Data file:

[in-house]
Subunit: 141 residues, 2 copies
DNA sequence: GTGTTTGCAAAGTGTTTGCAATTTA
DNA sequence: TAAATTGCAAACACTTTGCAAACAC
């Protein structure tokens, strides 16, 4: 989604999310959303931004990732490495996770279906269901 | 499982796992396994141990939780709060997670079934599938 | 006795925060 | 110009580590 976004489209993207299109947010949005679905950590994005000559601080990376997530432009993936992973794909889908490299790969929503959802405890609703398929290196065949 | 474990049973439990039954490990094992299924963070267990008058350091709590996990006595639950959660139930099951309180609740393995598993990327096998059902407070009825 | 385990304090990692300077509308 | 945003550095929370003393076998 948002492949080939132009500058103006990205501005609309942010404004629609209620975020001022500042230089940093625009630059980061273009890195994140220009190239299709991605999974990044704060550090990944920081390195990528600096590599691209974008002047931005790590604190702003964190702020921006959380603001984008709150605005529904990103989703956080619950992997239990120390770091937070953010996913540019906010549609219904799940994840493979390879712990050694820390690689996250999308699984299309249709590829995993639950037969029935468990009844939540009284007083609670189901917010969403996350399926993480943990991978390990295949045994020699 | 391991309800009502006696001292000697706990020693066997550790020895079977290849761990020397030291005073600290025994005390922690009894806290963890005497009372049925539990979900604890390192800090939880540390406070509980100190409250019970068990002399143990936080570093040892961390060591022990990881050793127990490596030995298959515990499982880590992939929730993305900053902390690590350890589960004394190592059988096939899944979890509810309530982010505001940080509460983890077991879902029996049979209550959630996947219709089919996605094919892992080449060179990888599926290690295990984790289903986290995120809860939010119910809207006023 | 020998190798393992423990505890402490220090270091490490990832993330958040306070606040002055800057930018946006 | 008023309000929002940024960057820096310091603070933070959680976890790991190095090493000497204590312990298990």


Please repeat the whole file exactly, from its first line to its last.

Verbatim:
[in-house]
Subunit: 141 residues, 2 copies
DNA sequence: GTGTTTGCAAAGTGTTTGCAATTTA
DNA sequence: TAAATTGCAAACACTTTGCAAACAC
């Protein structure tokens, strides 16, 4: 989604999310959303931004990732490495996770279906269901 | 499982796992396994141990939780709060997670079934599938 | 006795925060 | 110009580590 976004489209993207299109947010949005679905950590994005000559601080990376997530432009993936992973794909889908490299790969929503959802405890609703398929290196065949 | 474990049973439990039954490990094992299924963070267990008058350091709590996990006595639950959660139930099951309180609740393995598993990327096998059902407070009825 | 385990304090990692300077509308 | 945003550095929370003393076998 948002492949080939132009500058103006990205501005609309942010404004629609209620975020001022500042230089940093625009630059980061273009890195994140220009190239299709991605999974990044704060550090990944920081390195990528600096590599691209974008002047931005790590604190702003964190702020921006959380603001984008709150605005529904990103989703956080619950992997239990120390770091937070953010996913540019906010549609219904799940994840493979390879712990050694820390690689996250999308699984299309249709590829995993639950037969029935468990009844939540009284007083609670189901917010969403996350399926993480943990991978390990295949045994020699 | 391991309800009502006696001292000697706990020693066997550790020895079977290849761990020397030291005073600290025994005390922690009894806290963890005497009372049925539990979900604890390192800090939880540390406070509980100190409250019970068990002399143990936080570093040892961390060591022990990881050793127990490596030995298959515990499982880590992939929730993305900053902390690590350890589960004394190592059988096939899944979890509810309530982010505001940080509460983890077991879902029996049979209550959630996947219709089919996605094919892992080449060179990888599926290690295990984790289903986290995120809860939010119910809207006023 | 020998190798393992423990505890402490220090270091490490990832993330958040306070606040002055800057930018946006 | 008023309000929002940024960057820096310091603070933070959680976890790991190095090493000497204590312990298990």